8. ^ "Talking about "Reform" at the Reform Club: H.E. Ambassador Liu Xiaoming Delivers A Speech at the British Reform Club". 25 November 2013. Archived from the original on 15 February 2023. Retrieved 26 April 2022.
  9. ^ Maureen Borland, Wilde's Devoted Friend: a Life of Robert Ross (1990), p. 201.
  10. ^ Christian Major, "Sassoon's London: the Reform Club", Siegfried's Journal, no 12 (July 2007), pp. 5–13.
  11. ^ Russell Burlingham & Roger Billis, Reformed Characters: The Reform Club in History and Literature (2005), p. 34.
  12. ^ Trollope, Anthony (1867). "Chapter 25: Mr. Turnbull's Carriage Stops the Way". St. Paul's. Archived from the original on 22 October 2022. Retrieved 26 April 2022.
  13. ^ "Around the World in Eighty Days". Britannica. Archived from the original on 26 January 2021. Retrieved 26 April 2022.
  14. ^ "The Human Factor by Graham Greene". Greg Goode. Archived from the original on 27 June 2022. Retrieved 26 April 2022.
  15. ^ "The Devil's Feast by M. J. Carter". Crime Review. Archived from the original on 23 October 2022. Retrieved 26 April 2022.
  16. ^ "Vanity Fair's Michael Palin: 'Today Becky Sharp would be on Love Island – or working as President Trump's press secretary'". Radio Times. 2 September 2018. Archived from the original on 26 April 2022. Retrieved 26 April 2022.
  17. ^ "Miss Potter Film Locations". Almost Ginger. 22 March 2021. Archived from the original on 22 October 2022. Retrieved 26 April 2022.
  18. ^ "Tenet at the Reform Club". Screen IT. Archived from the original on 21 May 2022. Retrieved 26 April 2022.
  19. ^ "The glamorous country houses and bucolic gardens that bring Regency London to life in Bridgerton". Tatler. 28 February 2022. Archived from the original on 21 December 2020. Retrieved 26 April 2022.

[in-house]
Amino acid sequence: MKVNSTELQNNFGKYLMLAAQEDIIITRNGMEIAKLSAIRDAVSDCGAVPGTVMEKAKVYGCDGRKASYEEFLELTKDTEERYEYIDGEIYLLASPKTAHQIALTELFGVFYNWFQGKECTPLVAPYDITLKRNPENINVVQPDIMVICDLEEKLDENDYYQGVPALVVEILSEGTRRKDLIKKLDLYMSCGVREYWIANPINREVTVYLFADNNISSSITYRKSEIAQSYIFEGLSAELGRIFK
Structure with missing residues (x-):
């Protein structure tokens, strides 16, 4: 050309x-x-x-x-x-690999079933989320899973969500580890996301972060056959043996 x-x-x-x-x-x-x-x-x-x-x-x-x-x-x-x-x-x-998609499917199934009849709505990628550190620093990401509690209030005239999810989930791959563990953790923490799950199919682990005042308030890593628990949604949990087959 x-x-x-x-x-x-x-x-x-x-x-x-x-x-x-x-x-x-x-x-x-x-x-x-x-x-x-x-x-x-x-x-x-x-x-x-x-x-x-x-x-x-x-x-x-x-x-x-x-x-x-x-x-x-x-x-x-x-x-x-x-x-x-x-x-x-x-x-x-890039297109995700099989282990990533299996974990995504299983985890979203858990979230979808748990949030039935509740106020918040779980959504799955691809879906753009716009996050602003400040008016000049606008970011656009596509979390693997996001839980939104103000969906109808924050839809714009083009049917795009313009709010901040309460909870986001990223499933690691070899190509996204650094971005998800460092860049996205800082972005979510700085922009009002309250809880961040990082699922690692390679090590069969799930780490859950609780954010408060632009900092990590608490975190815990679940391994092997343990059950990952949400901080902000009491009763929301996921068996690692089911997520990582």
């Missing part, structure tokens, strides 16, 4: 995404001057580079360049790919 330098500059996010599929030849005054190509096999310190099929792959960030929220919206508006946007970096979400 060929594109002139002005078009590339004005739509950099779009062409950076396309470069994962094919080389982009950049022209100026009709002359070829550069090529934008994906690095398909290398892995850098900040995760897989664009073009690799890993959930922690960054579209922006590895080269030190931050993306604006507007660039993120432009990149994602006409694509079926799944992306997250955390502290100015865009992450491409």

20. ^ The Milwaukee Journal – 23 July 1979.
  21. ^ Old Passages Archived 26 January 2023 at the Wayback Machine The Magnus Archives (Podcast). Rusty Quill. 8 September 2016. Retrieved 26 January 2023.

Further reading[edit]

  • The Reform Club Library: A Retrospect, 1841-1991 (London: Reform Club, 1991).
  • Burlingham, Russell; Billis, Roger (2005). Reformed Characters. The Reform Club in History and Literature. An Anthology with Commentary. London: Reform Club.
  • J. Mordaunt Crook, The Reform Club (London: Reform Club, 1973)
  • Escott, T. H. S. (1914). Club Makers and Club Members. London: T. Fisher Unwin.
  • Fagan, Louis (1887). The Reform Club 1836–1886: Its Founders and its Architect. London: Reform Club.
  • Lejeune, Anthony; Lewis, Malcolm (1979). The Gentlemen's Clubs of London. London: Wh Smith Pub. ISBN 0-8317-3800-6.
  • Lejeune, Anthony (2012). The Gentlemen's Clubs of London. London: Stacey International. ISBN 978-1-906768-20-1.
  • Mordaunt Crook, J. (1973). The Reform Club. London: Reform Club.
  • Sharpe, Michael (1996). The Political Committee of the Reform Club. London: Reform Club. ISBN 0-9503053-2-4.
  • Thévoz, Seth Alexander (2018). Club Government: How the Early Victorian World was Ruled from London Clubs. London: I.B. Tauris/Bloomsbury. ISBN 978-1-78453-818-7.
  • Thévoz, Seth Alexander (2022). Behind Closed Doors: The Secret Life of London Private Members' Clubs. London: Robinson/Little, Brown. ISBN 978-1-47214-646-5.
  • Urbach, Peter (1999). The Reform Club: Some Twentieth Century Members – A Photographic Collection. London: Reform Club.
  • Van Leeuwen, Thomas A P (2020) [2017]. The Magic Stove: Barry, Soyer and The Reform Club or How a Great Chef Helped to Create a Great Building. Amsterdam/Paris: Les Editions du Malentendu/ Jap Sam Books. ISBN 978-90-826690-0-8.
  • Woodbridge, George (1978). The Reform Club 1836–1978: A History from the Club's Records. London: Clearwater. ISBN 0-9503053-1-6.

External links[edit]